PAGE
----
October 2007

Chris Higgs

fiction

Nylund, the Sarcographer by Joyelle McSweeney

I tried to find a definition of “sarcographer” in a half dozen dictionaries, but came up empty. According to the publisher, the word refers to the method by which the book was written, as well as the method by which the eponymous protagonist experiences the world: “Sarcography is like negative capability on steroids.” How odd, I thought to myself. Odd, but crazy interesting.

Enter Joyelle McSweeney. Part poet (see: The Commandrine and Other Poems and The Red Bird, both from Fence Books), part professor (see: University of Alabama turned University of Notre Dame), part co-founder and co-editor of Action Books, a poetry and translation press, and Action, Yes!, a web-quarterly for international writing and hybrid forms. In the past half decade her name has become synonymous with interesting. And now, luckily for us, she is poised to majorly crossover into the land of prose, with the publication of this novella and the upcoming sci-fi book, Flet, slated to drop in 2008.

Nylund, the Sarcographer is like interesting on steroids. Caution: if you are looking for a typical, straight forward, good old fashioned yarn, you’d do best to look elsewhere; but if you want to experience something fresh, daring, creepy, and significant, this is the one for you. It is the opposite of boring, an ominous conflagration devouring the bland terrain of conventional realism, the kind of work that tickles your inner ear, gives you the shivers, and tricks your left brain into thinking that your right brain has staged a coup d'état. In short, it personifies the “totality of vision” John Hawkes so infamously championed sixty-two years ago when he said: “I began to write fiction on the assumption that the true enemies of the novel were plot, character, setting and theme, and having once abandoned these familiar ways of thinking about fiction, totality of vision or structure was really all that remained.” That is not to say this book is plotless, characterless, settingless, or themeless. Those elements (enemies) do drift in and out of focus in modulated intervals, enough that one could gather:

There is a stuttering lug named Nylund whose chin, in moments of stress, “made a motion like a typewriter when someone’s punched return. It jerked right, then jerked left to its angle of incidence.”

Before disappearing, Nylund had a sister named Daisy who “liked to be this or that, just two things.”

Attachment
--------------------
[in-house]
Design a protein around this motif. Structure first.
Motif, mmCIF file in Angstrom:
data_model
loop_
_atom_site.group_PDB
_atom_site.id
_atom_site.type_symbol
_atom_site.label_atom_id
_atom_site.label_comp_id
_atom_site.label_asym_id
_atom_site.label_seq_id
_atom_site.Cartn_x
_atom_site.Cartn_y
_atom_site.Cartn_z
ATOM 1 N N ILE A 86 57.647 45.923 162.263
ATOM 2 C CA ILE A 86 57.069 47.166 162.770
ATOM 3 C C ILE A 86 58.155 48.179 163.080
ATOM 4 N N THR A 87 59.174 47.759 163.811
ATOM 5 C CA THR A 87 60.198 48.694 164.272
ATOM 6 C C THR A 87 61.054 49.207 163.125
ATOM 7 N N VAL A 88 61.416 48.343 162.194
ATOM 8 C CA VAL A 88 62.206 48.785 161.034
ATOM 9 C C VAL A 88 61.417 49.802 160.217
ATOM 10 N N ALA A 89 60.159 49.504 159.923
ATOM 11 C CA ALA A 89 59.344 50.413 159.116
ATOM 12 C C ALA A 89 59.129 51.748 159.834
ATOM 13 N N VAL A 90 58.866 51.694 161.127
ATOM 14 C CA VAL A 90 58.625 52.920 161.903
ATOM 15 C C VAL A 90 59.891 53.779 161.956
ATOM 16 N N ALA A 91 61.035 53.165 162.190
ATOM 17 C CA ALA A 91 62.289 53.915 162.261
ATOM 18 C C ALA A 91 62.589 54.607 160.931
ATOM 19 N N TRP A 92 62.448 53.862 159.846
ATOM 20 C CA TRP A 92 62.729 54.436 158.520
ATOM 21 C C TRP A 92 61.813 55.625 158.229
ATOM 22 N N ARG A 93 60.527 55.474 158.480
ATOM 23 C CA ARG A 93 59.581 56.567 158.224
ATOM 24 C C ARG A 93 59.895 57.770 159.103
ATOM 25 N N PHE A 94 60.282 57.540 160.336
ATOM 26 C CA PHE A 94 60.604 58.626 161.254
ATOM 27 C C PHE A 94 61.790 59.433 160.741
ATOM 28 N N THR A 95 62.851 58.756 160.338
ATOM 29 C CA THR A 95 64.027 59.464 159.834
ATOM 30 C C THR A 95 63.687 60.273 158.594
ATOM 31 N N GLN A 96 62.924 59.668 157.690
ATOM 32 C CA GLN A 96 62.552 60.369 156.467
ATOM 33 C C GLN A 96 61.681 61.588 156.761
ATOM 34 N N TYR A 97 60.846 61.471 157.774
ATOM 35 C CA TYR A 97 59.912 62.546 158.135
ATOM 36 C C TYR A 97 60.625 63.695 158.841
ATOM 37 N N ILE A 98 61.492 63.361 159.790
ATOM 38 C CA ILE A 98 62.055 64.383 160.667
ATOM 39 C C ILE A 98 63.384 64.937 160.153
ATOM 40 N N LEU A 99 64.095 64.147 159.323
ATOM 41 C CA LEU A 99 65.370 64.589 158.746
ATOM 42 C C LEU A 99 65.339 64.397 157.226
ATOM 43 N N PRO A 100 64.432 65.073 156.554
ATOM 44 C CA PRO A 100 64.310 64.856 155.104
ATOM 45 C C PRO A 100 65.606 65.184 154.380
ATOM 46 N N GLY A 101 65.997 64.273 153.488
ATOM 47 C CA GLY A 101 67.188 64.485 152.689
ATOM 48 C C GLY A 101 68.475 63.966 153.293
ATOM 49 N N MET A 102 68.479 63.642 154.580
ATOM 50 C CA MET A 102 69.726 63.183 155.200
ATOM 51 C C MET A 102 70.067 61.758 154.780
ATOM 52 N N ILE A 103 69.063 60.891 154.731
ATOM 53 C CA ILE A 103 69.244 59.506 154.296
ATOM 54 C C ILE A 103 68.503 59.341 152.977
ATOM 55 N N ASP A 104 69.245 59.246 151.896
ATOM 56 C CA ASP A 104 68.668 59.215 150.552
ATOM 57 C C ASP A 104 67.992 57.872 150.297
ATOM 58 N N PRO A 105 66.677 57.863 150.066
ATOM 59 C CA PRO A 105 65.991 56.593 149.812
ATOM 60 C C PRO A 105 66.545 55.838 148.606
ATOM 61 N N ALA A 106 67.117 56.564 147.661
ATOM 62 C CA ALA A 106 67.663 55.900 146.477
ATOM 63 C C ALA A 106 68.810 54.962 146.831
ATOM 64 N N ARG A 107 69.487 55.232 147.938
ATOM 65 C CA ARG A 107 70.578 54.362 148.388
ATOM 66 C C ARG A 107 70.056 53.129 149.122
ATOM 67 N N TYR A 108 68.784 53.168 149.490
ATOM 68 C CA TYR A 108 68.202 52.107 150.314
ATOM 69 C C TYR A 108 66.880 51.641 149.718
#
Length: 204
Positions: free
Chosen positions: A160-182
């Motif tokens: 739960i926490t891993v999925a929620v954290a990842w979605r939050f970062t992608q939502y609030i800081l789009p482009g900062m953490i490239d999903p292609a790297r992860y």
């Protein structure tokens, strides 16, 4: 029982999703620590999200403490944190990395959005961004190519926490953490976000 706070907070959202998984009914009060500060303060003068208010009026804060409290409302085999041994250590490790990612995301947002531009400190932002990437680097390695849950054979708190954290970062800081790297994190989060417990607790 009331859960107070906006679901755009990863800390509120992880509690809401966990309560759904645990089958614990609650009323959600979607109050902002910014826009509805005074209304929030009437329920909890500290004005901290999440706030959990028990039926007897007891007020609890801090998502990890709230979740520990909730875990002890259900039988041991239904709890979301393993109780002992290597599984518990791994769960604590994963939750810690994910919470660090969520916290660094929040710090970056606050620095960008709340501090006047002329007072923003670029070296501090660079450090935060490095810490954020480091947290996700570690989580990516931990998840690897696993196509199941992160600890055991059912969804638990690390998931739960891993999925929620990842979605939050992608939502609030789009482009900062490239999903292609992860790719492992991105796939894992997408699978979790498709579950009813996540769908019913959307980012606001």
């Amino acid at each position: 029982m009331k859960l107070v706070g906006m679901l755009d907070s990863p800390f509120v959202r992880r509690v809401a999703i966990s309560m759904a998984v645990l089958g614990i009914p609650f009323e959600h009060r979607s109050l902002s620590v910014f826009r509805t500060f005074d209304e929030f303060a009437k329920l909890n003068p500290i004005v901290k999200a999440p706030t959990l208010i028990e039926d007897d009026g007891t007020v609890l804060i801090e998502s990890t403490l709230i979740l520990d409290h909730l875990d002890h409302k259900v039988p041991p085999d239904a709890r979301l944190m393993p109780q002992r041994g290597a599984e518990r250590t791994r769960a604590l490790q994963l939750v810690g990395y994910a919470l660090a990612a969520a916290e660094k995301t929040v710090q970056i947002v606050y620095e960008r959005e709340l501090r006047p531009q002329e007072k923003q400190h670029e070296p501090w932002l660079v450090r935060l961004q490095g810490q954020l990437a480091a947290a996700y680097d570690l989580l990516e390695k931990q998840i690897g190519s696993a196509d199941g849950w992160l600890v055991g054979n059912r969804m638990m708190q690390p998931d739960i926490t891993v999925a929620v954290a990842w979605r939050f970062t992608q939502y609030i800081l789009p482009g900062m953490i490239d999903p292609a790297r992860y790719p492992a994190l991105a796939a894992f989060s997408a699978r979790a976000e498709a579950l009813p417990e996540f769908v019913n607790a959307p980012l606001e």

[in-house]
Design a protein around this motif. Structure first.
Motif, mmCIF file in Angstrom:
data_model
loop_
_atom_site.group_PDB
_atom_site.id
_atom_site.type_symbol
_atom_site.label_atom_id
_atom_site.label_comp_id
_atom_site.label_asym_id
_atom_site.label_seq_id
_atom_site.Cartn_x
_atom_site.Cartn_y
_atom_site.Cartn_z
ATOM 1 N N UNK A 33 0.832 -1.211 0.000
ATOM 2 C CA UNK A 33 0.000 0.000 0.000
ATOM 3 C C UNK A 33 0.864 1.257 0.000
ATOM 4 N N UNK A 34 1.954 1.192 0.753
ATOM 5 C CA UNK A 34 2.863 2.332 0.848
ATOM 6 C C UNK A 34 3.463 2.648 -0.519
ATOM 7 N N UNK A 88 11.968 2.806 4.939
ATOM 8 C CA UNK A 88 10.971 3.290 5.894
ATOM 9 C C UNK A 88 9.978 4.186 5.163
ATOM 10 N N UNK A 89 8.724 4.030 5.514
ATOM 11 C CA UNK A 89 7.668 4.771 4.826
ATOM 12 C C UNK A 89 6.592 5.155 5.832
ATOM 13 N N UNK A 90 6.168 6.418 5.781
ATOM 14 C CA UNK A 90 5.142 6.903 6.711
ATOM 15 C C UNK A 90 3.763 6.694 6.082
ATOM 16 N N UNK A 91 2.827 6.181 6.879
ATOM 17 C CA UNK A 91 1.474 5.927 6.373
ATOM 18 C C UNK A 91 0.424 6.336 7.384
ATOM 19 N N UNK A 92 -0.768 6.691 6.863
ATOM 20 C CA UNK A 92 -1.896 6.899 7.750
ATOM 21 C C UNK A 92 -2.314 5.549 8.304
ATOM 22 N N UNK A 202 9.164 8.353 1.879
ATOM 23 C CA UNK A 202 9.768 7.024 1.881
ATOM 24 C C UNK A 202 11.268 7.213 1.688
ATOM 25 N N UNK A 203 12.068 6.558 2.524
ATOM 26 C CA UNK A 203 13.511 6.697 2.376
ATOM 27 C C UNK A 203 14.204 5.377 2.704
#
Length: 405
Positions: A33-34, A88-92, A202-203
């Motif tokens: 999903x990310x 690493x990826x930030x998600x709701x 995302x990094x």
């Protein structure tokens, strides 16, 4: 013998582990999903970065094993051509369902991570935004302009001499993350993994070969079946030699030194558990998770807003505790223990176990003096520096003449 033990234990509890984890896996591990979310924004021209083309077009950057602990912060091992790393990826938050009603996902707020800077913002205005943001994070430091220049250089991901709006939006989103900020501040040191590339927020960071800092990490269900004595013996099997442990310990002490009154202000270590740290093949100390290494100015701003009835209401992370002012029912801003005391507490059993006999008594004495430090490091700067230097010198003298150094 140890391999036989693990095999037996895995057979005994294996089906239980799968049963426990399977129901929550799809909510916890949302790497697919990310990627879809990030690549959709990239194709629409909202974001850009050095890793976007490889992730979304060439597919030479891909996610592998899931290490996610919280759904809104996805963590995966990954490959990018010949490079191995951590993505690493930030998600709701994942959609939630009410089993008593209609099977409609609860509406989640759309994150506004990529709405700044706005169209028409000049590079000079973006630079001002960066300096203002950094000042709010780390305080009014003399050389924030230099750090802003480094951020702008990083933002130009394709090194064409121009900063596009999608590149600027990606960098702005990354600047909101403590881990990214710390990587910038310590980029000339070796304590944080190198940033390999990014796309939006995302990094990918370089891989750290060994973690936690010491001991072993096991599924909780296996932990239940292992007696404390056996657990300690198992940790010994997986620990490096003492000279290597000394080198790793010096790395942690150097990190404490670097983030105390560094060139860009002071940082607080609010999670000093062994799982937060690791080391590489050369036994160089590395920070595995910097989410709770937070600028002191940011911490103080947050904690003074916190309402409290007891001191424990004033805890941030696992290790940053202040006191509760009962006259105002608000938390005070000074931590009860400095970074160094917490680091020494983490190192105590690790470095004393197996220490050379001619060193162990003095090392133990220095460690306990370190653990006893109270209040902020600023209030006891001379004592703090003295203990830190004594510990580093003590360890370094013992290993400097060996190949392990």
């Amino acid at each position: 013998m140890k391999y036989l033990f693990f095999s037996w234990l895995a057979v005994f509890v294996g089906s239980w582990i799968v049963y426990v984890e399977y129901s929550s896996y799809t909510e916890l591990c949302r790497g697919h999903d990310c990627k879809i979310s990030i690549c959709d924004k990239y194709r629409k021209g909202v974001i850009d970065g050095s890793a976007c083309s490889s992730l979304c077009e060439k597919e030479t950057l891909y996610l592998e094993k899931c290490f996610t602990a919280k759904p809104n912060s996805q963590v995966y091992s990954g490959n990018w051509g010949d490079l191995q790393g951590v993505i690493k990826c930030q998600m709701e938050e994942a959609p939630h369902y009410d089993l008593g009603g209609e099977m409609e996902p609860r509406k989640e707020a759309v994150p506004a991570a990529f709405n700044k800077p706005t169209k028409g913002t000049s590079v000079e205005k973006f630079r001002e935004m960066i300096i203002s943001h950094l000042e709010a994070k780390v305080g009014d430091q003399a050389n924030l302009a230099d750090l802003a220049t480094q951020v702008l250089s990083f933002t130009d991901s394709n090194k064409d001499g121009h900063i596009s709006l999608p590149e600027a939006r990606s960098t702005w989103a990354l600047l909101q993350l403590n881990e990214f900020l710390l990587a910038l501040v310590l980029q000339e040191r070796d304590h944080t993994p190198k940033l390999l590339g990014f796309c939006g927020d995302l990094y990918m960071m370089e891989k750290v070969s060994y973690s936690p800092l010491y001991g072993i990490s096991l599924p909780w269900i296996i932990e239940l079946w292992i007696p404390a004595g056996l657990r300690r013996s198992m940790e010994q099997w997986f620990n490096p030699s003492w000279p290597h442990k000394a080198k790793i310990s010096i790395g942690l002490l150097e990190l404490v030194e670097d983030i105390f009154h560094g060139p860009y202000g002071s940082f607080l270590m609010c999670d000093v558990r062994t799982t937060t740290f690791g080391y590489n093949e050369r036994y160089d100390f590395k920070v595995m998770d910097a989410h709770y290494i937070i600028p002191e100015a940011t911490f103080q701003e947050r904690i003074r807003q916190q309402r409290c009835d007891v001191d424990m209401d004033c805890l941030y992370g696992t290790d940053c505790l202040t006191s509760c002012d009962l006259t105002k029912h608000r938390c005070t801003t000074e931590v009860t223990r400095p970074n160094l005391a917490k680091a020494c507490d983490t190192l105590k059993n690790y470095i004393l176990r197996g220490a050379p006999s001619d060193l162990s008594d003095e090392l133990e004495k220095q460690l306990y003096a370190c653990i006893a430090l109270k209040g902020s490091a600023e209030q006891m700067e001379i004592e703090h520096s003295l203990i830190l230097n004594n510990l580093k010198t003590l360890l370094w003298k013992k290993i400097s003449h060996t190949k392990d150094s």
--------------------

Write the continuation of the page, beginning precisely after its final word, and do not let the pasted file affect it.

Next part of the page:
Both the theme and setting are hauntingly dark (in a David Lynch sort of way).

There is a murder, a robbery, and a kidnapping.

There is a Grandson.

There are bosses and police and thugs.

&

There is a woman named Armenian Rose.

But in the overall scheme of things, these enemies (elements) are considerably less significant than McSweeney’s true superpower: her ravishing sentence constructions:

If you breathe too close to the land you get the bird flu, we know that now. Then, no. If you breathe too high up in the air the air thins out and you see through a fog of particulates blindly and if you look at things through a mirror on your birthday then the scales fall from your eyes.

Or what about:

The gravel driveway curved away like a uterus and the Mister and the Missus were born through the threshold and into the house.

Or how about this description:

Nylund arrived at work one morning to find the Superior’s face drawn to a point. It was like a knife turned on you if it was turned right on you you couldn’t see it.

Other than the incomparable Ben Marcus, I’m not sure anyone in contemporary letters can compete with the voracity of ingenuity, complexity, and beauty of McSweeney’s usage. Each sentence is carefully crafted to upend your expectations in such a way as to make you giddy with anticipation. Call me strange, but I seriously felt a rush of adrenaline from the sheer excitement over what might come next. Seriously, I did. I’m not kidding.

I would share more quotes, but that would be the equivalent of a spoiler. You need to get this book and feast on the delicacies for yourself.  

Nylund, the Sarcographer by Joyelle McSweeney
Tarpaulin Sky Press
ISBN: 978-0-9779019-4-4
119 pages